Bogachyova then issued oral instructions to the group, Zaitseva alleged, telling them to go down to the polling station and that a particular member of the staff would help them get their ballots into the sealed ballot boxes. Zaitseva said she and Piksaikin were both given an additional pile of some 50 ballots, all marked for Volkov.

"Everyone hid their ballots and moved toward the exit," she said. "At that moment, I loudly announced that an election-law violation was taking place. Everyone froze and I told them to sit down. A few people actually did for about a minute. But after the shock passed, I saw Chalykina telephone someone. She said that the Communist Zaitseva had caught them. This means that they had some sort of falsification headquarters."

After a few more seconds, someone managed to open the door and everyone fled. Zaitseva went down to the polling station and returned with police officers. Searching the room together, they found 68 ballots all filled out for Volkov. In the face of such evidence and in the presence of Zaitseva, a member of the Mordovia legislature, election officials had no choice but to dismiss Bogachyova and annul the voting results from the polling station.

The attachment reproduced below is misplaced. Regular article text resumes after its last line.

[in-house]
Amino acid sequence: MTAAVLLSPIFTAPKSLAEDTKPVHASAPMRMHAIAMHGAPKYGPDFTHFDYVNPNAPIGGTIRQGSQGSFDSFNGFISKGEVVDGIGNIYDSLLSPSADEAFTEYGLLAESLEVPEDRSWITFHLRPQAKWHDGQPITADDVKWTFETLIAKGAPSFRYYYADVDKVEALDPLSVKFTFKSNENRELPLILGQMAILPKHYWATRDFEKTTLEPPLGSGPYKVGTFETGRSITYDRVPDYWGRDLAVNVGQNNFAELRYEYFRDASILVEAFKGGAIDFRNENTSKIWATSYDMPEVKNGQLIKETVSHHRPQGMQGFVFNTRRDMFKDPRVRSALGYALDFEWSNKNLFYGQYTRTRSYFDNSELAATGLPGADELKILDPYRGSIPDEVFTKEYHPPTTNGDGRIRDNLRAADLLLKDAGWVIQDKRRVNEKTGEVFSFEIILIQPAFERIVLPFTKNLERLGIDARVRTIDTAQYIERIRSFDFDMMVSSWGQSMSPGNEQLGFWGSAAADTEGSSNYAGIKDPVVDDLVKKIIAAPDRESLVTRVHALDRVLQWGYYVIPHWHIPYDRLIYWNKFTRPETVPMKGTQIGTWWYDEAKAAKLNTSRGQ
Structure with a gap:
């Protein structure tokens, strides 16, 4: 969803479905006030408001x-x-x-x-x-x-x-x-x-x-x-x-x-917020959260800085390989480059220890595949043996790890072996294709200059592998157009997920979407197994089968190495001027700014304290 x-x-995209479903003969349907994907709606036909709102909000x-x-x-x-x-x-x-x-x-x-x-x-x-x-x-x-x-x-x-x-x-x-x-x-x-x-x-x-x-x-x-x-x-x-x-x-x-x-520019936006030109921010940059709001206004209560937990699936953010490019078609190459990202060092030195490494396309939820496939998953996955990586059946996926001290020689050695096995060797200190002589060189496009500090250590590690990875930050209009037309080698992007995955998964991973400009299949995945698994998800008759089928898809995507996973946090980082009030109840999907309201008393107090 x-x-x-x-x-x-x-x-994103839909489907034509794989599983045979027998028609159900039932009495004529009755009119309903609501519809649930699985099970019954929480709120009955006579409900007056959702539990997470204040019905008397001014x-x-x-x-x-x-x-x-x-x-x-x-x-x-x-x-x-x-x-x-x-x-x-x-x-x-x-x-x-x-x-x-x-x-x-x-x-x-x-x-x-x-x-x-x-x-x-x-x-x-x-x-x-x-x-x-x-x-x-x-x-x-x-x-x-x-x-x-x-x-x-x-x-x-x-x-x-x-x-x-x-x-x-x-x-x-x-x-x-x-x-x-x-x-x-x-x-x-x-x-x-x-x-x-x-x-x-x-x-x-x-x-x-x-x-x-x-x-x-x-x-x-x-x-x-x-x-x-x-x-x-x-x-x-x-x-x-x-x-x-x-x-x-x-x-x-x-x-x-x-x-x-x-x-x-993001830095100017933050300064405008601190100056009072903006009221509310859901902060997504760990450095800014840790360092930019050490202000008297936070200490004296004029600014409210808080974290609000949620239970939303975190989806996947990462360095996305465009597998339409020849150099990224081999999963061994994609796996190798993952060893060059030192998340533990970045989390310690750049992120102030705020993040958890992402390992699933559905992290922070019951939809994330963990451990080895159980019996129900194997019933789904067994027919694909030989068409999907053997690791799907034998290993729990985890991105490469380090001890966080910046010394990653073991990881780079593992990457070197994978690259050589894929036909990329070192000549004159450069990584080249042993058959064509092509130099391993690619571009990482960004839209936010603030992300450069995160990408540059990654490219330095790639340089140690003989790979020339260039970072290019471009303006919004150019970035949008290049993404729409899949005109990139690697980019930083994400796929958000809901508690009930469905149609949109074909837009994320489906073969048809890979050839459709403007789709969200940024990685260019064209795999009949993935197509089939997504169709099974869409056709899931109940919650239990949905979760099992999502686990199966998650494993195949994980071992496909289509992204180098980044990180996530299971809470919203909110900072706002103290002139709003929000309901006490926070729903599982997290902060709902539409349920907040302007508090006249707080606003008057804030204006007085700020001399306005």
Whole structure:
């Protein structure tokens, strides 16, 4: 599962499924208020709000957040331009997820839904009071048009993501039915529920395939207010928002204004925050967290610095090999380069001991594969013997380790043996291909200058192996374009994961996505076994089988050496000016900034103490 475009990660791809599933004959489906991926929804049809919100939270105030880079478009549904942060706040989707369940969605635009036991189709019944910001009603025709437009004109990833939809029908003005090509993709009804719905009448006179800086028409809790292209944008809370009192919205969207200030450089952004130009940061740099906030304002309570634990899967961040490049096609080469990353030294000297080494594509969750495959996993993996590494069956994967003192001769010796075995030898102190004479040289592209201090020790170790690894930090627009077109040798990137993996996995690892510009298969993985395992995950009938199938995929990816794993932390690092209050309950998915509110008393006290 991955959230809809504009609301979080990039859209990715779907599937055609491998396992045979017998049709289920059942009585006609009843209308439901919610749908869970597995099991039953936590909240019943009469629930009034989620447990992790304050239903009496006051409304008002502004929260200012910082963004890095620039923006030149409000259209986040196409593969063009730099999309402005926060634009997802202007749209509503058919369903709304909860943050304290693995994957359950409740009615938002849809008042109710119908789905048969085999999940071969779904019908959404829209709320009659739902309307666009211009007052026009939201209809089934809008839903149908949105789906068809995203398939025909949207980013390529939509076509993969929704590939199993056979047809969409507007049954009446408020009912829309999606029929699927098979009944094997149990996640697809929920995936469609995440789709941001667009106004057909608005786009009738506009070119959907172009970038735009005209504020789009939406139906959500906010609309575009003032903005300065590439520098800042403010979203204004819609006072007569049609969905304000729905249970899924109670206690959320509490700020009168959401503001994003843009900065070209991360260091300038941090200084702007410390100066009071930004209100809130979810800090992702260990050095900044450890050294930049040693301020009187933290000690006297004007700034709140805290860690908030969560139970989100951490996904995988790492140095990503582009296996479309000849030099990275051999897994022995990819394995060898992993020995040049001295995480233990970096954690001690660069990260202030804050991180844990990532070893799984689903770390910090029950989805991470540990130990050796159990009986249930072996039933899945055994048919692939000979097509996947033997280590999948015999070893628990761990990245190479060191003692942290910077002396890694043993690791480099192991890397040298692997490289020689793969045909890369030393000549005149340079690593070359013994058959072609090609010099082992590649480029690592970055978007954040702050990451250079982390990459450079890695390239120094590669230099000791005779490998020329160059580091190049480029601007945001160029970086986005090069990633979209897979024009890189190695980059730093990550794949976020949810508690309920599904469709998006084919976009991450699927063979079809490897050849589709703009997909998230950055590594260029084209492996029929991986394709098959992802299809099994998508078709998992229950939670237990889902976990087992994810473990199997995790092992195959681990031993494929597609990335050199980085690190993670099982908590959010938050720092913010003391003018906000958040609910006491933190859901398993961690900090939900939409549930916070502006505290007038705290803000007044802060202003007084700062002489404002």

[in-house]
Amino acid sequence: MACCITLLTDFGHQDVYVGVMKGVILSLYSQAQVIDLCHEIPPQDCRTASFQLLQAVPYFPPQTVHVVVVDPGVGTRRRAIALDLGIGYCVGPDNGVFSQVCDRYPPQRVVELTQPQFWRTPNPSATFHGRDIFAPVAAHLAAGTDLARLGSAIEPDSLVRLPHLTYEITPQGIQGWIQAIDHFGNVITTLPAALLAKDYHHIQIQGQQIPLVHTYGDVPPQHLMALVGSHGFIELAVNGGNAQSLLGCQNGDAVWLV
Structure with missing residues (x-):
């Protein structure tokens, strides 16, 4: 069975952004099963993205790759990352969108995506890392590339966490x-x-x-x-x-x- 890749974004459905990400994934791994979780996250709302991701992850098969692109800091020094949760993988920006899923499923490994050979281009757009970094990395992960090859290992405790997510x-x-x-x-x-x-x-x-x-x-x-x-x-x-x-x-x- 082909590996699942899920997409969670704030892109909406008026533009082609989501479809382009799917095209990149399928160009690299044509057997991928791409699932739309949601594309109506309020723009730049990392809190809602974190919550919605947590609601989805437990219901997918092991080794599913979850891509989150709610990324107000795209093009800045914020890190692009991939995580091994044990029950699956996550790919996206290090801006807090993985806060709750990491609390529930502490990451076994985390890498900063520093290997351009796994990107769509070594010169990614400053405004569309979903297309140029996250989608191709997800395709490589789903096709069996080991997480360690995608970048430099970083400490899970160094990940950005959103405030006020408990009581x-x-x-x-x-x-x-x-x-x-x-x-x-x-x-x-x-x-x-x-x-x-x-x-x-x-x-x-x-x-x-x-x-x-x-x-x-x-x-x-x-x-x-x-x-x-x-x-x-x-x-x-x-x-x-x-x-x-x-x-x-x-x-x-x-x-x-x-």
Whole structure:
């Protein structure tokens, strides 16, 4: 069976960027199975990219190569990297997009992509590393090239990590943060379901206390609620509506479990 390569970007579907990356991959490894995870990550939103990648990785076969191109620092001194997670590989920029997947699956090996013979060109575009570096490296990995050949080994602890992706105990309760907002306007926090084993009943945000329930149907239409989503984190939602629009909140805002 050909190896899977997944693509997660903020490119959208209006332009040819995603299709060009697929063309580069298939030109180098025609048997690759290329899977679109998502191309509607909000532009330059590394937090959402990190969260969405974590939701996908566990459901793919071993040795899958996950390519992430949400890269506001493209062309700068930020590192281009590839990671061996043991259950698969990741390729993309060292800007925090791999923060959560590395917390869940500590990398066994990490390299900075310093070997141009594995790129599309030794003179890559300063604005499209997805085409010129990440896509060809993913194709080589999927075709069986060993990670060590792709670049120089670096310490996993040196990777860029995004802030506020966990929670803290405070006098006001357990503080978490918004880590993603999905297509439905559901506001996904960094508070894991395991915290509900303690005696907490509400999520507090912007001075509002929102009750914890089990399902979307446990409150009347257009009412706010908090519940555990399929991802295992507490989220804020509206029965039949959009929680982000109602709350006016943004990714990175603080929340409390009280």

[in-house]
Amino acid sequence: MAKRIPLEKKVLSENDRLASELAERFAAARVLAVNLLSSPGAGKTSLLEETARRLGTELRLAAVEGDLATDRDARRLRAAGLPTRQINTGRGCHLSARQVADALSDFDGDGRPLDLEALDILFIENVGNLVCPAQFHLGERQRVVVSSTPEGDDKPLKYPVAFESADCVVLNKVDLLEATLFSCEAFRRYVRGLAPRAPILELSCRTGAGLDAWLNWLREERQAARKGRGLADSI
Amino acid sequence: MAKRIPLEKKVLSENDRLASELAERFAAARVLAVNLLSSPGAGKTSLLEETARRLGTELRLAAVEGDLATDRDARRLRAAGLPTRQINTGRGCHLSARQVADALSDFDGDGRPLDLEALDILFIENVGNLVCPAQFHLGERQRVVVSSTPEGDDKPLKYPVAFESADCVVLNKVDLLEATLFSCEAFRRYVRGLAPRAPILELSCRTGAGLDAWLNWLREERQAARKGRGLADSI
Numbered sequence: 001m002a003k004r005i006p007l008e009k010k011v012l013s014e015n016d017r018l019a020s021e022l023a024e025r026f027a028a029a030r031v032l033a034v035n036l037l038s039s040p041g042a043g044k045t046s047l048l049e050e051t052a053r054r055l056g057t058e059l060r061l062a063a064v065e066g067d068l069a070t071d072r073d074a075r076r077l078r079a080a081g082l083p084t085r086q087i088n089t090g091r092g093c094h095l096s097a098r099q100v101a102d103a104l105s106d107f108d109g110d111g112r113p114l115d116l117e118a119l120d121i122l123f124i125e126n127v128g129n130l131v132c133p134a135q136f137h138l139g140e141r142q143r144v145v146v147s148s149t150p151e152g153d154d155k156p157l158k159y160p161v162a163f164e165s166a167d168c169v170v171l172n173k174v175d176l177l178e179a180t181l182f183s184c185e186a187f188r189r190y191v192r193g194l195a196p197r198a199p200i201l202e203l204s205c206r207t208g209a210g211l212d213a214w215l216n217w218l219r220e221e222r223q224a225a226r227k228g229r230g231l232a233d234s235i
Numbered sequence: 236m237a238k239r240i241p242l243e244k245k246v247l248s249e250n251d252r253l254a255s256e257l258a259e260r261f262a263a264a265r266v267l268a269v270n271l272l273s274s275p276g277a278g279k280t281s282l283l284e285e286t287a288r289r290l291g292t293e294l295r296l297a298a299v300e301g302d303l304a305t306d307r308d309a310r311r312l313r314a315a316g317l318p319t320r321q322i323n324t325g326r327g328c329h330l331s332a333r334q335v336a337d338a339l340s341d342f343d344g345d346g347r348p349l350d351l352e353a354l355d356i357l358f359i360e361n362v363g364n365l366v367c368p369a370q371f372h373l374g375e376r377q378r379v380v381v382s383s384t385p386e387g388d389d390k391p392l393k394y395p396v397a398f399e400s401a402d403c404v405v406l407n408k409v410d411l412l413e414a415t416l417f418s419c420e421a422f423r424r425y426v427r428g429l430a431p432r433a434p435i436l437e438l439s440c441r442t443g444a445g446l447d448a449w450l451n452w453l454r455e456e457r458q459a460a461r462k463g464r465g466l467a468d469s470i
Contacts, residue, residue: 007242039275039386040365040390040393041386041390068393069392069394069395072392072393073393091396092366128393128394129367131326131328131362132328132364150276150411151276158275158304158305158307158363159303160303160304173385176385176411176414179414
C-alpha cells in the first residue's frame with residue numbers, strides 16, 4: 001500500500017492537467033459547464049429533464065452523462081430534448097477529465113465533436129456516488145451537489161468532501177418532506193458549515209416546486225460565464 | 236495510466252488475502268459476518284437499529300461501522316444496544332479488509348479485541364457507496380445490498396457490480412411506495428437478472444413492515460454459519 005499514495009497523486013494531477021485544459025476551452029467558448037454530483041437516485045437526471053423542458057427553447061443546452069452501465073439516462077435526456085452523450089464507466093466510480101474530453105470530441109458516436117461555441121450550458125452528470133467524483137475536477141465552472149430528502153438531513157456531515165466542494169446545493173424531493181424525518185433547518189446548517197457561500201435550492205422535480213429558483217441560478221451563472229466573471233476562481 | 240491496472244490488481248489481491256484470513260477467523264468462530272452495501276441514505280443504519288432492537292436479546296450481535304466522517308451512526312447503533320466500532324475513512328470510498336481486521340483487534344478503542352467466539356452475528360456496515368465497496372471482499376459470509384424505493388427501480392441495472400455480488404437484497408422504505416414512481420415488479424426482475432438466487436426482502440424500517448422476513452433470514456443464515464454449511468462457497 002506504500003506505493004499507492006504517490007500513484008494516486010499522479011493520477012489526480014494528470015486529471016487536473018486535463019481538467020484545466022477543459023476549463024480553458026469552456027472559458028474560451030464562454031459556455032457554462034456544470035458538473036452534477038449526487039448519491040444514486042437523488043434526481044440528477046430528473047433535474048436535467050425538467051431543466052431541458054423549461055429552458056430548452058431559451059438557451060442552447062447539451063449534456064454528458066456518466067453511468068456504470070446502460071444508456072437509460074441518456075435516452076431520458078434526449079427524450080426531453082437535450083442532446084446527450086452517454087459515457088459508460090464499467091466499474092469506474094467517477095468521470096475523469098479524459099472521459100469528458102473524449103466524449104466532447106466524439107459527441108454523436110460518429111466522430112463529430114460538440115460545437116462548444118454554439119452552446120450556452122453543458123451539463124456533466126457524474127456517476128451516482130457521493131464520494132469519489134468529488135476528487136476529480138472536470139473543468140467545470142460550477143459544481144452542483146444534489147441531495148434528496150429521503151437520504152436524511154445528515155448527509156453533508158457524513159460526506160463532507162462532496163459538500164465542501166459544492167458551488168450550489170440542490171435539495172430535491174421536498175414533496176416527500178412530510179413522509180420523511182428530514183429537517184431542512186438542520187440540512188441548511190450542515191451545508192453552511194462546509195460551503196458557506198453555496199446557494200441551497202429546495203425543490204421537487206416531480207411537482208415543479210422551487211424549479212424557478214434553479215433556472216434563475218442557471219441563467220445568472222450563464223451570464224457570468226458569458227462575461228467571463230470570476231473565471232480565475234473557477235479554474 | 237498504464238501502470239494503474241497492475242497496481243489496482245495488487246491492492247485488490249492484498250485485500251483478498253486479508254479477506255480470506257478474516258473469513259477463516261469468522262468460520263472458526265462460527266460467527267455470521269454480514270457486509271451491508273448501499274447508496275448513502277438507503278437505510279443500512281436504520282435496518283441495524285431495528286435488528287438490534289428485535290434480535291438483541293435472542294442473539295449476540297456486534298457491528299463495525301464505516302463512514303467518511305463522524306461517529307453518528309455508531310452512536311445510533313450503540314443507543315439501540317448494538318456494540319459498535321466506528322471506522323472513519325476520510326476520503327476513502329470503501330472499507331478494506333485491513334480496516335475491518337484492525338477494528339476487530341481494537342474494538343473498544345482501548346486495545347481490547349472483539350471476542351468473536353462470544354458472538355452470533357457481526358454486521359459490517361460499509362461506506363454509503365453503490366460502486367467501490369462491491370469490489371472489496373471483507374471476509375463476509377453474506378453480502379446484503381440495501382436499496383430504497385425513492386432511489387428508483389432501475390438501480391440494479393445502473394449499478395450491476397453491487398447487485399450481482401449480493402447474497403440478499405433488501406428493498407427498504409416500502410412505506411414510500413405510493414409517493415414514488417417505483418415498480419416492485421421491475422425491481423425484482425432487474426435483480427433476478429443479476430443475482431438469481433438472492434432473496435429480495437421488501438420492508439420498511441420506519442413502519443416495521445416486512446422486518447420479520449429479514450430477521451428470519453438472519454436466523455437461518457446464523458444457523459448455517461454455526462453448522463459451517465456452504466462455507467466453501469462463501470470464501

"Electoral Anomalies'

The official statement from prosecutors, however, said "during the course of a polling-station inspection on September 10, 2017, authorities established that unknown persons carried out the falsification of election documents...."

According to a new law adopted for this election, any election official involved in repeat voting or allowing people to cast ballots for other voters can be punished by a fine of up to 500,000 rubles ($8,700) or imprisonment up to four years.

Law enforcement officials refused to respond to an RFE/RL enquiry asking whether anyone has been charged in connection with Zaitseva's allegations.

Moscow political scientist Konstantin Kalachev told RFE/RL that Mordovia is a "zone of electoral anomalies" and that the landslide result for Volkov could cause him problems during the presidential election scheduled for March 2018.

"What kind of result is [President Vladimir] Putin supposed to get if the governor gets 89 percent?" he asked. "That means that Putin will have to poll nearly 100 percent and the turnout will have to be nearly 100 percent. Maybe some people will think that result is a sign of hard work, but for residents of other regions and of the two capitals [Moscow and St. Petersburg], it will be evidence discrediting the election."

Written by RFE/RL senior correspondent Robert Coalson based on reporting by RFE/RL's Tatar-Bashkir Service correspondent Regina Gimalova